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Williams v. Williams

United States District Court, Ninth Circuit

July 8, 2013

ISAIAH N. WILLIAMS, Plaintiff,
v.
DEBRA WILLIAMS, Defendant.

ORDER RESOLVING MOTIONS IN LIMINE

CLAUDIA WILKEN, District Judge.

Plaintiff Isaiah Williams, an inmate at Pelican Bay State Prison (PBSP), brings this 42 U.S.C. § 1983 action against Defendant Debra Williams. The Court held a pretrial conference and heard arguments regarding the parties' motions in limine on June 26, 2013. After considering the parties' oral argument and submissions, the Court now issues the following rulings:

I. Plaintiff's Motions in Limine

A. MIL No. 1: Motion to Exclude References to Plaintiff's Past Criminal Convictions and Rule Violations

This motion is GRANTED. Defendant may not present evidence or argument that identifies the specific nature or circumstances of Plaintiff's conviction or any evidence relating to Plaintiff's past rule violations. Defendant may, however, present evidence and argument that (1) Plaintiff was convicted of a violent felony and (2) the unit where Plaintiff currently resides is used to house violent prisoners. Defendant may also present evidence or argument pertaining to the rules violation report arising from the August 16, 2006 incident which is the subject of this action.

B. MIL No. 2: Motion to Exclude References to Plaintiff's Alleged Gang Affiliation

This motion is DENIED. Plaintiff's membership in a white supremacist gang is a key issue in this case, as Plaintiff's own expert asserts in his report. See Pl.'s Ex. 20, R. Subia Report, at ¶ 30 ("In the present case, the risk of harm was heightened due to the specific types of inmates, Nazi Low Rider (white supremacy) and Black Guerilla Family (Black)."). Concealing this fact from the jury would deny them access to relevant information while creating administrative difficulties for both parties. Cf. United States v. Price , 13 F.3d 711, 720 (3d Cir. 1994) (upholding a district court's decision to admit conversations in which a party used racial epithets because "it would have been virtually impossible to redact this or the other conversations without altering their substance").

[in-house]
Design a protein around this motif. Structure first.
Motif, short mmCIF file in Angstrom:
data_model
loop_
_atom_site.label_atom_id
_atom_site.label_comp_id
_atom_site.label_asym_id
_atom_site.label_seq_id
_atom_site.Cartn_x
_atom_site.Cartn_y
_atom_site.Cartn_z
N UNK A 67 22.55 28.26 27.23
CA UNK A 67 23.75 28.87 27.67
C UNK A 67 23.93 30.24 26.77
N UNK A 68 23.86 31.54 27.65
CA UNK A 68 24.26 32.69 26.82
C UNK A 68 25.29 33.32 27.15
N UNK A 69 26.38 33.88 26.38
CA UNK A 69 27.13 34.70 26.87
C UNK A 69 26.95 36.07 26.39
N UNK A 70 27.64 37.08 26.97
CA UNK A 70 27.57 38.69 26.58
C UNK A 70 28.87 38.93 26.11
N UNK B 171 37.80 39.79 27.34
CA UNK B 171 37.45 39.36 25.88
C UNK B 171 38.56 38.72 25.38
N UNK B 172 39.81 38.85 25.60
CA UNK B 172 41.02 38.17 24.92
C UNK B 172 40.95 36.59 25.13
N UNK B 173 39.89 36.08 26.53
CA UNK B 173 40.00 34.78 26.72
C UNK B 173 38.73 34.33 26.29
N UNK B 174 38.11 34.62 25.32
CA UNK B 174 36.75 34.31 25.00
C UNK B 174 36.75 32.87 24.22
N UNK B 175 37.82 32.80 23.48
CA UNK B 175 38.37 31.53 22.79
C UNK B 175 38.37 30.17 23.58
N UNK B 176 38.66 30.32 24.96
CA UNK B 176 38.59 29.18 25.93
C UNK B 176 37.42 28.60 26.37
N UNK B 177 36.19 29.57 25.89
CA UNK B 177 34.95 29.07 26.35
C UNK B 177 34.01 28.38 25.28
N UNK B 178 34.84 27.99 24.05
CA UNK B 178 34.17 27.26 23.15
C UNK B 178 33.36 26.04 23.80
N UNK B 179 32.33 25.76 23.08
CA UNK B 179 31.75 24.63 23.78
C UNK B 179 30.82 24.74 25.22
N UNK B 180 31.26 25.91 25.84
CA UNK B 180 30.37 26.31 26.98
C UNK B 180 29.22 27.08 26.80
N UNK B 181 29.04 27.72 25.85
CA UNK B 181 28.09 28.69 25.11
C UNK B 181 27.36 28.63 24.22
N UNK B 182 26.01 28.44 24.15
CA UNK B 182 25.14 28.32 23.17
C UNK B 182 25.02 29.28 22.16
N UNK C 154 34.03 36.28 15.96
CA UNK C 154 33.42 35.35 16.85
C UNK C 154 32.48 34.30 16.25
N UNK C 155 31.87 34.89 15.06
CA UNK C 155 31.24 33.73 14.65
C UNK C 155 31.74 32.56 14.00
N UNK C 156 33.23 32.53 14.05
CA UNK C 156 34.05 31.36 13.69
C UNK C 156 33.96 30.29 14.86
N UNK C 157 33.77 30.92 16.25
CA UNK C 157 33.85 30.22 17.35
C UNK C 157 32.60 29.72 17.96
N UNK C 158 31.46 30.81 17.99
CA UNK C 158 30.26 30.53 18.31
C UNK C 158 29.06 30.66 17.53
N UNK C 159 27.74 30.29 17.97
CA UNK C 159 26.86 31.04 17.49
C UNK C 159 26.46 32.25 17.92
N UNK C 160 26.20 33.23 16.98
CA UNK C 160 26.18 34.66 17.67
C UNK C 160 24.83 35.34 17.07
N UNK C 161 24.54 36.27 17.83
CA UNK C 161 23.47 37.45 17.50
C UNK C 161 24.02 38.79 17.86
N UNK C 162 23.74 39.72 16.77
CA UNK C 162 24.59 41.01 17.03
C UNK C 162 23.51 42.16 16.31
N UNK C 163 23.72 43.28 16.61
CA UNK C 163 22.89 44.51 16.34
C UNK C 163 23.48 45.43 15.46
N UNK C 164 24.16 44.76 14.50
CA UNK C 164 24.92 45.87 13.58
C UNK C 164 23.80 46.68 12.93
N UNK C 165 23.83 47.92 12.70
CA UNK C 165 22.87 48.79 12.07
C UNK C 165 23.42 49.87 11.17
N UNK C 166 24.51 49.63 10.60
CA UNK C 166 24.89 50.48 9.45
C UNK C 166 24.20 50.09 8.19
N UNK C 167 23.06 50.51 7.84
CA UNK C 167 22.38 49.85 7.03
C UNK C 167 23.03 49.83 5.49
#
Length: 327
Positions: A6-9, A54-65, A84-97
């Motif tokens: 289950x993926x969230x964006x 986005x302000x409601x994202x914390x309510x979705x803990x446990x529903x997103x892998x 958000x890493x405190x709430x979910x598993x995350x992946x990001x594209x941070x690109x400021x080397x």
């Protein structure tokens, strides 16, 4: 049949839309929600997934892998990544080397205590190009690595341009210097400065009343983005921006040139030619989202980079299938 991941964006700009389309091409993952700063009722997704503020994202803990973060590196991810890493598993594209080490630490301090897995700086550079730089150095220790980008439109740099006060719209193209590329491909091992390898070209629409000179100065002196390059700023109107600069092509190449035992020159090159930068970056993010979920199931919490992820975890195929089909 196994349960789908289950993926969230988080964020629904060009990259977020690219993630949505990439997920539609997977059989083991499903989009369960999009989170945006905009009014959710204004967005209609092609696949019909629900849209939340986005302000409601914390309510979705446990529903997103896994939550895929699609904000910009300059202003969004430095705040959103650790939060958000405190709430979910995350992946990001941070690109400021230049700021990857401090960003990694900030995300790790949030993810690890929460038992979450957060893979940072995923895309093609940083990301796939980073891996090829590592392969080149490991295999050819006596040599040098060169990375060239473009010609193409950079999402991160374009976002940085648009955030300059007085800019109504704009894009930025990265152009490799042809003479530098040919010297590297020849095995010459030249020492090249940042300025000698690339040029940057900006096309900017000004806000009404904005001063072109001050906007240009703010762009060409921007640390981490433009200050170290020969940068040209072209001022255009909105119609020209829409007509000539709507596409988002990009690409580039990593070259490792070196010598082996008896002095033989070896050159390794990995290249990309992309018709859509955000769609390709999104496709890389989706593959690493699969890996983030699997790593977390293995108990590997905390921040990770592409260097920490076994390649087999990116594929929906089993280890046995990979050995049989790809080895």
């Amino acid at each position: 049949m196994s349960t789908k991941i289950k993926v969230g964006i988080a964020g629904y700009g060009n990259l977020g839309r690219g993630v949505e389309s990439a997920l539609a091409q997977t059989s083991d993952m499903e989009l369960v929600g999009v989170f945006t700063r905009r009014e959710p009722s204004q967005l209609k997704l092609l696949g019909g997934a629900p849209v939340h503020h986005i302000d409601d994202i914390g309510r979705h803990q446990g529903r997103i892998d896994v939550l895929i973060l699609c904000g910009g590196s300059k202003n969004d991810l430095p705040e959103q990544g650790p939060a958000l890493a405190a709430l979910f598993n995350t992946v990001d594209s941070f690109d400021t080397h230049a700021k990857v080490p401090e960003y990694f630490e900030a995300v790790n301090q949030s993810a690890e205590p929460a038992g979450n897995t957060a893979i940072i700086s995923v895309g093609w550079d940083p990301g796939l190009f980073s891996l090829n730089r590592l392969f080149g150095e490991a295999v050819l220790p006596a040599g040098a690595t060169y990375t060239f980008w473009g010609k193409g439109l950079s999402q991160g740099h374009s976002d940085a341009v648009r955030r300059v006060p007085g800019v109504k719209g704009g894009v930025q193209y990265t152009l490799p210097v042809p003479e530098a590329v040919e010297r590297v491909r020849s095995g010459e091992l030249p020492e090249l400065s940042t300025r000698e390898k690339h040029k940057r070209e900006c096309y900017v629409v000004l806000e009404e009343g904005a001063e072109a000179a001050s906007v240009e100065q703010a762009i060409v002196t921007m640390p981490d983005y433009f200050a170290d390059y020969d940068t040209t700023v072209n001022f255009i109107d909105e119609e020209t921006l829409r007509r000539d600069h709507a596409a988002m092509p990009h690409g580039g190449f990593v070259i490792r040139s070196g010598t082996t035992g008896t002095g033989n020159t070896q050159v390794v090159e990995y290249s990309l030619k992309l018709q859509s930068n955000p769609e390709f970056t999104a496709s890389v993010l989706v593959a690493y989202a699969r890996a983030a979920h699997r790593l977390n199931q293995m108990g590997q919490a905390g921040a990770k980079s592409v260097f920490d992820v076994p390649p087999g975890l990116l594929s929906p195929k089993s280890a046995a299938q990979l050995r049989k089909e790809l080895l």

C. MIL No. 3: Motion to Exclude References to Plaintiff's Alleged Nickname, "Sinner"

This motion is GRANTED. Plaintiff's nickname is prejudicial and serves no probative value here. All references to Plaintiff's nickname should be redacted from any otherwise admissible exhibits.

D. MIL No. 4: Motion to Exclude References to and Evidence of Plaintiff's Tattoos

This motion is DENIED. The two photographs Plaintiff seeks to exclude do not reveal the tattoo of his nickname and include mostly blurry images of his other tattoos. To the extent any of his tattoos are visible in these photographs, they are no less relevant and no more prejudicial than any other evidence of Plaintiff's alleged membership in a white supremacist gang.

E. MIL No. 5: Procedure for Exchange of Evidence Relating to MILs No. 1-4

This motion is DENIED as unnecessary.

F. MIL No. 6: Motion to Exclude Evidence or Argument Relating to Prior Decisions by ...


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